It’s Monday morning. Your coffee maker just broke, a milker didn’t show up, a skidsteer is down (which someone needed about an hour ago), two people asked you to fix something as you walked through the door, and oh yeah, milk price still stinks. With the stress of all the things going on, maintaining a chipper attitude and not lashing out at that one employee you seem to think was born yesterday, can be a struggle.
During times of stress we often lack the composure to respond in the best manner, so how do you coach your team to be self-motivated and take some weight off your shoulders? In today’s competitive market it’s imperative to continually coach and encourage farm employees with enthusiasm and grace. Fostering a team environment where everyone feels valued at work may pose a challenge, but if successfully done, it may lead to better performance during these low earning periods. Here are some ways to improve employee morale and teamwork without breaking the bank:
- Be Inclusive – People want to feel they are a part of something greater than themselves. With many roles within the farm, every person has an impact on the business- but do they know that? Helping them understand the importance of their role and including them in decisions regarding their area of work provides a sense of belonging and importance.
- Create a Roadmap – A lack of vision and purpose makes tasks seem more mundane. Although goal setting may seem elementary, encourage employees to set their own goals or set goals as a team. Whether employees do this individually or together, it provides more time for communication between management and employees, and helps focus on the bigger picture of the business.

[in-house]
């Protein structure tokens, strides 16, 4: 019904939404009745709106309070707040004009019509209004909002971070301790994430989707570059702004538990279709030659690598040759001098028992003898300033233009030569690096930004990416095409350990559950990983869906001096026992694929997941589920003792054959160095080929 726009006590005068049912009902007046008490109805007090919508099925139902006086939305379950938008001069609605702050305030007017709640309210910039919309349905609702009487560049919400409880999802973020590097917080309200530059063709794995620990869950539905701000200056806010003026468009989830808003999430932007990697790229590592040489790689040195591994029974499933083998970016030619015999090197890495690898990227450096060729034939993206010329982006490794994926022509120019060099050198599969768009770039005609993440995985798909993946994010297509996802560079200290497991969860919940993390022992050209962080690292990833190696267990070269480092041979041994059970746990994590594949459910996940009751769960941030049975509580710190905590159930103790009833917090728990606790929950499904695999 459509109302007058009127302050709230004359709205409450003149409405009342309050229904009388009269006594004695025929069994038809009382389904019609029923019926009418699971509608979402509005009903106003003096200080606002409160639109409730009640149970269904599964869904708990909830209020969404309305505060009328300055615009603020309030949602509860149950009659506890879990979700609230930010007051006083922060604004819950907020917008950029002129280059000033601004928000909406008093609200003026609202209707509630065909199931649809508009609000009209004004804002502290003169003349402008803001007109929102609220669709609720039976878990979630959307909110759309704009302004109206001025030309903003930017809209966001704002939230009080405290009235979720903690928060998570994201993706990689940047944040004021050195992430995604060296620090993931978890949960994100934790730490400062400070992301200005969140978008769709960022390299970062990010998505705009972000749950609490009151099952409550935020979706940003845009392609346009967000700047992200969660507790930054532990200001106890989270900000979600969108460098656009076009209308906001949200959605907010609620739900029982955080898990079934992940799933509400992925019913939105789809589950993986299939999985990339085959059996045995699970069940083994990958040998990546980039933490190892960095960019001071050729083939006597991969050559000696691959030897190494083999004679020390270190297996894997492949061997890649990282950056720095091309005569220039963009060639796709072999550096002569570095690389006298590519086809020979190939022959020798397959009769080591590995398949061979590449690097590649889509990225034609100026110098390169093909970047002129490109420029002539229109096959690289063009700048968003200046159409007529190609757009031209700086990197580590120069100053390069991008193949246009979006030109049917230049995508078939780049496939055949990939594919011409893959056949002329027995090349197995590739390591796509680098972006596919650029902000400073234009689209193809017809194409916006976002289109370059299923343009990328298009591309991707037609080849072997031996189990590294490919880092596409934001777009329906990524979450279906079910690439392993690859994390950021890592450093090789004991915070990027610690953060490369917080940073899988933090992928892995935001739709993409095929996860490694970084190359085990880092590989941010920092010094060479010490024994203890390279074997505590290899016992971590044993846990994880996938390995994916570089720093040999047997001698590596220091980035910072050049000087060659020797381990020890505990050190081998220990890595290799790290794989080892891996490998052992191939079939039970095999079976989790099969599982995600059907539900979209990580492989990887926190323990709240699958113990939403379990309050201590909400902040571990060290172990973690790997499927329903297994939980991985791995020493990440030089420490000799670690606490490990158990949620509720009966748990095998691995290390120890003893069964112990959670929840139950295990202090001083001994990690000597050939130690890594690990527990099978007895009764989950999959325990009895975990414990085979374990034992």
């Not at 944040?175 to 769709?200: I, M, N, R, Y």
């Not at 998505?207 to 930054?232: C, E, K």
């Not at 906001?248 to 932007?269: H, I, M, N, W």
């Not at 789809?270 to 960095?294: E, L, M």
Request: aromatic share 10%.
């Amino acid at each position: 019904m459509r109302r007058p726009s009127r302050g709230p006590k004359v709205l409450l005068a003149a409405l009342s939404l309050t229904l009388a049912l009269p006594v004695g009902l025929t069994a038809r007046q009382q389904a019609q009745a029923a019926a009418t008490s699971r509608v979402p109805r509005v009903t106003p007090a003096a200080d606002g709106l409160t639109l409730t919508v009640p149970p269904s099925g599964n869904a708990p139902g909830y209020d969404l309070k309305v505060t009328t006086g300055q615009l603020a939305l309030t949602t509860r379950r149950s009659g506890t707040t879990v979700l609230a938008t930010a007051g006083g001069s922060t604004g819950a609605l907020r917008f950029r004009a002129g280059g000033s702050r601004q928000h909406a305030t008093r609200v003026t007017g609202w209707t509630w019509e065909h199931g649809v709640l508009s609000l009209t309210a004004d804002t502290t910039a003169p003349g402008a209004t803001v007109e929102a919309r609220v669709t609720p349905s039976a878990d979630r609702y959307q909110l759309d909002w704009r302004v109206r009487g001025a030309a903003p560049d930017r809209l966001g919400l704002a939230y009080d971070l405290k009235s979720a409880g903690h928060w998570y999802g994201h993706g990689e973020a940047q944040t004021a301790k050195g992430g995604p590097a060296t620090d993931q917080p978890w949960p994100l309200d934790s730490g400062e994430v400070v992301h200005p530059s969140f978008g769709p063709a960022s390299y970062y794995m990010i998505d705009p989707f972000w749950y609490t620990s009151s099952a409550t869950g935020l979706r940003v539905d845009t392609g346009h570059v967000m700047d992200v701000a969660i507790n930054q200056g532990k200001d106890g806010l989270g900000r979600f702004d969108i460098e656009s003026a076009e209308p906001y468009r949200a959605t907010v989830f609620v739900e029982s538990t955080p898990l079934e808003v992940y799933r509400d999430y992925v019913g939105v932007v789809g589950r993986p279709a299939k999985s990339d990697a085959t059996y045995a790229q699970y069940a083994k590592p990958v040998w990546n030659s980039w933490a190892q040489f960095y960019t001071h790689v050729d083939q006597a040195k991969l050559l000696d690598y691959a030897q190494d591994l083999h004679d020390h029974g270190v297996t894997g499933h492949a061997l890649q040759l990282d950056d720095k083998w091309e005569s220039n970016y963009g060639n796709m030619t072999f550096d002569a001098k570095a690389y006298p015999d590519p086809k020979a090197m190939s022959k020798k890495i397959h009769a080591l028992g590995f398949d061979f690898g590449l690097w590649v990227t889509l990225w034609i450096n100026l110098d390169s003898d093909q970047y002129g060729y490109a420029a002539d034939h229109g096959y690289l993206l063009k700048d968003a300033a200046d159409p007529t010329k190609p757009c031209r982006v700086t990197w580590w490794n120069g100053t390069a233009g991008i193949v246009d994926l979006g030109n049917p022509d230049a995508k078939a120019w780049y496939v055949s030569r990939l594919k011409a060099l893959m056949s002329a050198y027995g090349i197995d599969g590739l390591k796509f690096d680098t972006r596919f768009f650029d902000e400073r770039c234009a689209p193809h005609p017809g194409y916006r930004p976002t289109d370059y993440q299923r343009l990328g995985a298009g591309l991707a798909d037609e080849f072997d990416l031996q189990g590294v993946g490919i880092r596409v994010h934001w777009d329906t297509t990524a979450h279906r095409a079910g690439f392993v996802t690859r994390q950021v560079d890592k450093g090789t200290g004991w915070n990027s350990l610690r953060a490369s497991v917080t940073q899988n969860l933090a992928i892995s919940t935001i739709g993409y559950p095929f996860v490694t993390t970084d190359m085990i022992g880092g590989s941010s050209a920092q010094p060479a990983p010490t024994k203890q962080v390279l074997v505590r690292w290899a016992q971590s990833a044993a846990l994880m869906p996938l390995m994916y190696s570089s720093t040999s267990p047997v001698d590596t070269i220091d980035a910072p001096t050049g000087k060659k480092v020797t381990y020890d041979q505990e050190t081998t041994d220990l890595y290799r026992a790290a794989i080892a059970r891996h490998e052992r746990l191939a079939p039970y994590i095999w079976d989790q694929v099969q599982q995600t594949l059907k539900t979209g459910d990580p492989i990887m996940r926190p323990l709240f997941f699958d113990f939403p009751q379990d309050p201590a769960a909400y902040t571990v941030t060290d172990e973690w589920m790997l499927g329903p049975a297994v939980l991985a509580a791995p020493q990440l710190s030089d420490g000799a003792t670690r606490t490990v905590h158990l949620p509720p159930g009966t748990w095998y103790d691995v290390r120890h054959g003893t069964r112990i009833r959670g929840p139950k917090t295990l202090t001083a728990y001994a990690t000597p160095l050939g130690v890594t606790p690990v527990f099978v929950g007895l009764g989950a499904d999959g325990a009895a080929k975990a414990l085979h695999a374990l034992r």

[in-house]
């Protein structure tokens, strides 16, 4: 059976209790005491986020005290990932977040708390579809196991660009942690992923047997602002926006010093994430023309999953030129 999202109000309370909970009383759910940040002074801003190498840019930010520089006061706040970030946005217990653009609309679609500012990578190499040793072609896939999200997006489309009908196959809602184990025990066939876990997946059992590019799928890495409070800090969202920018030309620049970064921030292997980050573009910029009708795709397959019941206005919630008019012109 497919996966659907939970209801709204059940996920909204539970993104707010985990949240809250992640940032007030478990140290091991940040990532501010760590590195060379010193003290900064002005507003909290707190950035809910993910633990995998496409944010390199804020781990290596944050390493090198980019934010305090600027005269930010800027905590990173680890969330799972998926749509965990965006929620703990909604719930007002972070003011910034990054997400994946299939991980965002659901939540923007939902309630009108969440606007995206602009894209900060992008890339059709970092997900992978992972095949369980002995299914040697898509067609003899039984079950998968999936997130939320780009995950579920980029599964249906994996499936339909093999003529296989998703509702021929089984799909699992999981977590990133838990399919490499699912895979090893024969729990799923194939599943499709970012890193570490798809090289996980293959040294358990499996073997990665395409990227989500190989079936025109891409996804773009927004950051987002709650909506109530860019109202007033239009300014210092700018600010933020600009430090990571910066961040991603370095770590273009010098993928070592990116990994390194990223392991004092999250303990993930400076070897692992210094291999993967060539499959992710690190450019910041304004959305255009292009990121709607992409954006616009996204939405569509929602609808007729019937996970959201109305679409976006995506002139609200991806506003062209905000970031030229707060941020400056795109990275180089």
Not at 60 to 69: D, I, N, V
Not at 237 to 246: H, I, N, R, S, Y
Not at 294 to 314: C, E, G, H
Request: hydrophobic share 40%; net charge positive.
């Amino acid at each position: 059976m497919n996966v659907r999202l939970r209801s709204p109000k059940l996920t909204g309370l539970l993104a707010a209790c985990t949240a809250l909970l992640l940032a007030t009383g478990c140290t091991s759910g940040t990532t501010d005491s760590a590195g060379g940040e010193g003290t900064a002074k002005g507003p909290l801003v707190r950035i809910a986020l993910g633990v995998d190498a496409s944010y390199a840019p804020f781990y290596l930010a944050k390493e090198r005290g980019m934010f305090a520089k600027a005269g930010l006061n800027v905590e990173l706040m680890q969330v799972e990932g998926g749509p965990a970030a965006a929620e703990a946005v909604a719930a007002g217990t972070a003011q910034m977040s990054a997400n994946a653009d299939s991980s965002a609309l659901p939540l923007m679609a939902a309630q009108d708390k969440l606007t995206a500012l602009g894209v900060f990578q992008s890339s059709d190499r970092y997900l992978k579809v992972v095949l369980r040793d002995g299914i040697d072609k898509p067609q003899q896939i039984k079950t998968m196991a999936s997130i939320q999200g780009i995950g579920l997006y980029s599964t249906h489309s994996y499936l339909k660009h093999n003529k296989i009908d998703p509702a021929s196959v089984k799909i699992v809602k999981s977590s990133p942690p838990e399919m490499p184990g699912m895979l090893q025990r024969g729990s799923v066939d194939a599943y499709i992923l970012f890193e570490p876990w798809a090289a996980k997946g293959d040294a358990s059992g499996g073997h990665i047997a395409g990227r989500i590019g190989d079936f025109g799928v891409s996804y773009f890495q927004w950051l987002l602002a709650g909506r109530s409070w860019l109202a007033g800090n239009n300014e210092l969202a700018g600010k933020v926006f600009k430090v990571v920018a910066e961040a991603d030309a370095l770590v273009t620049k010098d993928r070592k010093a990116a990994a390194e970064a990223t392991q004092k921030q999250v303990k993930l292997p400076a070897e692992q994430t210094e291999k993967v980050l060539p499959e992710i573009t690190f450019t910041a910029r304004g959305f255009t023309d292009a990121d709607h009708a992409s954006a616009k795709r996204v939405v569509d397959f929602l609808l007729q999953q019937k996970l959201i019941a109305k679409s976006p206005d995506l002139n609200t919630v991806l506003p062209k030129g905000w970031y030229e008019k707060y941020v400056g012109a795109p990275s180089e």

- Be Real – Being honest and able to admit mistakes are a few traits employees admire in their supervisors. Having sincere and candid conversations breaks down walls and demonstrates vulnerability, a precursor to establishing trust. By demonstrating this to your team, you shape the way conversation should take place between employees and teams.
- Establish Trust – Not only is building a relationship of trust important, but trusting people to do their job and make the right decisions is extremely important to build self-motivated employees. When people can understand what effect their decisions will have, and when they have the room to learn from mistakes, it makes learning much more effective than making decisions for them. When employees trust you, it’s also much easier for them to come to you when they have an issue with another employee, or for other personal matters. Being receptive and attentive to employee requests and concerns makes them feel understood and listened to.
- Attitude – Working with someone who has a poor or negative attitude is the worst kind of punishment.
Nothing kills confidence and learning faster. If you want the best people on your farm, don’t just hire the
highest skilled employees- you can ALWAYS train for that. Hire people who have a positive attitude.
They’re less likely to give up, are more willing to help others, and will boost other people’s attitudes as
- Provide a Safe Environment – Being a manager that employees aren’t afraid to talk to is important. A large
aspect of how they feel within the workplace is how well they get along or interact with other employees.
If the brightest person in your crew is holding back ideas because someone else has a much more
dominant or hurtful attitude, there is a lack of psychological safety that prohibits your team from truly
shining. In an effort to understand what makes a team effective, Google found that psychological safety
was the number one trait of effective teams. When employees are comfortable to share their ideas and
be vulnerable around one another, team synergy will be at its peak.
employee interaction much more manageable over time. As you encourage employees to see beyond the task and
beyond their immediate needs, it fosters more collaboration across the board. When a synergy is created within
the farm, less time can be devoted to putting out fires, but that synergy has to start with you, the manager.
Charles R. Swindoll tells us, “10 percent of life is what happens to you, 90 percent of it is how you react to it.”
Don’t let that 90 percent of reaction control you or your farm. Being conscious of how you handle stressful
situations, and the culture you create within the farm can help you better manage your employees and allow you
to devote your time to other operational and strategic issues in the long run.